Here are the Top 10 entertainment photos for June chosen by our panel of experts. Now vote for your favorite in the poll below! But first find out the photographer stories behind the pictures.

Editor's Note: This competition is now closed. Congratulations to Mark Holloway. See all the results below!

John Philips

This shot was taken at the end of a long wet rainy day covering the ‘Pride in London’ event. Conchita was the highlight for many of the attendees, due to her groundbreaking win in Eurovision, and she didn't disappoint her fans. This is the first time that I have covered the ‘Pride in London’ event and I must say, despite the rain,  it was a fun event to shoot - packed full of colour and happy people that love being photographed. I initially edited this image in colour, but realised due to the smoke and lights that it was much stronger in black and white and re-edited the image once I got home and dried out my kit.

Chris Jackson

The highlight of Ascot 2013 was without a doubt the moment Queen Elizabeth won the Gold Cup with her horse Estimate. The raw emotion as the Queen cheered her horse over the finishing line and as she was handed the trophy were a memorable experience for all involved. This year, of course, the Queen was hoping for a rerun of this historic victory and indeed the public was behind her. Sadly, this was not to be with Estimate coming in a close second to the winner. As the Queen presented the trophy to the owner of the winning horse I noticed her reflection in the curved surface, fortunately I had a long lens (500mm F4) to hand and managed to capture the split second where her face was reflected in one of the flat sides of the trophy and wasn't distorted by the curve. With a touch of luck she was also laughing at this precise moment. It was clear to see that despite her defeat the Queen was certainly no sore loser!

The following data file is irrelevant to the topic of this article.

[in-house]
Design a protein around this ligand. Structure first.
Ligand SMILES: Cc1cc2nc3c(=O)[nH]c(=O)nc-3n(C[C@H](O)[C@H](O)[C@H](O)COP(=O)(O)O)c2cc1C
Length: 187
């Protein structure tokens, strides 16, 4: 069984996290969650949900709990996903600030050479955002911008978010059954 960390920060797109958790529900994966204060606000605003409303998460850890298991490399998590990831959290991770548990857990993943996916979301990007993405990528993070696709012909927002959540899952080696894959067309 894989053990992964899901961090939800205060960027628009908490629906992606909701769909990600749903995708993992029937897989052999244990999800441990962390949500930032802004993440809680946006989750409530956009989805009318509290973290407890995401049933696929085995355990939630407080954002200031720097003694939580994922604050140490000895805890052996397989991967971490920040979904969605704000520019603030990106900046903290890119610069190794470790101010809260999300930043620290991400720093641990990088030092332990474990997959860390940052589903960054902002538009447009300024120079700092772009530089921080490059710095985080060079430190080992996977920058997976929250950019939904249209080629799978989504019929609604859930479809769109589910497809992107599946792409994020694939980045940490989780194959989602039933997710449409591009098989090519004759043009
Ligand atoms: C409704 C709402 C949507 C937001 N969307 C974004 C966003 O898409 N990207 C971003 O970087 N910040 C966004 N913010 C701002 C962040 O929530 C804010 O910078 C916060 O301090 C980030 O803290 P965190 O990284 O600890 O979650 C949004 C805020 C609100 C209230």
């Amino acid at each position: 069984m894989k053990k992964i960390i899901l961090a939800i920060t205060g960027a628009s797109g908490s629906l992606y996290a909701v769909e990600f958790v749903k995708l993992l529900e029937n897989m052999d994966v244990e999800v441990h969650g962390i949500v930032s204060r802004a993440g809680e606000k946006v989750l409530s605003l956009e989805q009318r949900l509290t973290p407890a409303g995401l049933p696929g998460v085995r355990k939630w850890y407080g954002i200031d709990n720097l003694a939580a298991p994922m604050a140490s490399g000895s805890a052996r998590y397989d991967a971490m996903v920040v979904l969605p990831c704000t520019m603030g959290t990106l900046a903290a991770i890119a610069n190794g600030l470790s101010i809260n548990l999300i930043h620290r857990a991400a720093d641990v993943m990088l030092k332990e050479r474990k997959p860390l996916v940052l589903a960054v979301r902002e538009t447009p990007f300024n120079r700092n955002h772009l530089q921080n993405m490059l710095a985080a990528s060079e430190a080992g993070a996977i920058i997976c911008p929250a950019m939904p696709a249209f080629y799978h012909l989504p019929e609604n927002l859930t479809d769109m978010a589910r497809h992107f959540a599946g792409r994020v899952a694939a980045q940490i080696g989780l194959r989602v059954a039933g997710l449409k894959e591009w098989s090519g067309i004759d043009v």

Neil Lupin

 

Take an overnight superstar like Lorde, add one of her first UK shows in an intimate club and the result is a heady mix of unpredictability and history in the making. Concert photography is an adrenaline sport - we get three songs and it is anyone's guess what the lighting and stage set up will be like, let alone what the artist will do.

Without warning we found ourselves on a balcony shooting down on to the stage. The angle was terrible but the strobes created fleeting moments of beautiful contrasting light. I cropped in as tight as possible on a 300mm lens and went for a quirky, monochrome composition to capture the intensity and timelessness of her performance in a way that I hope will stand the test of time.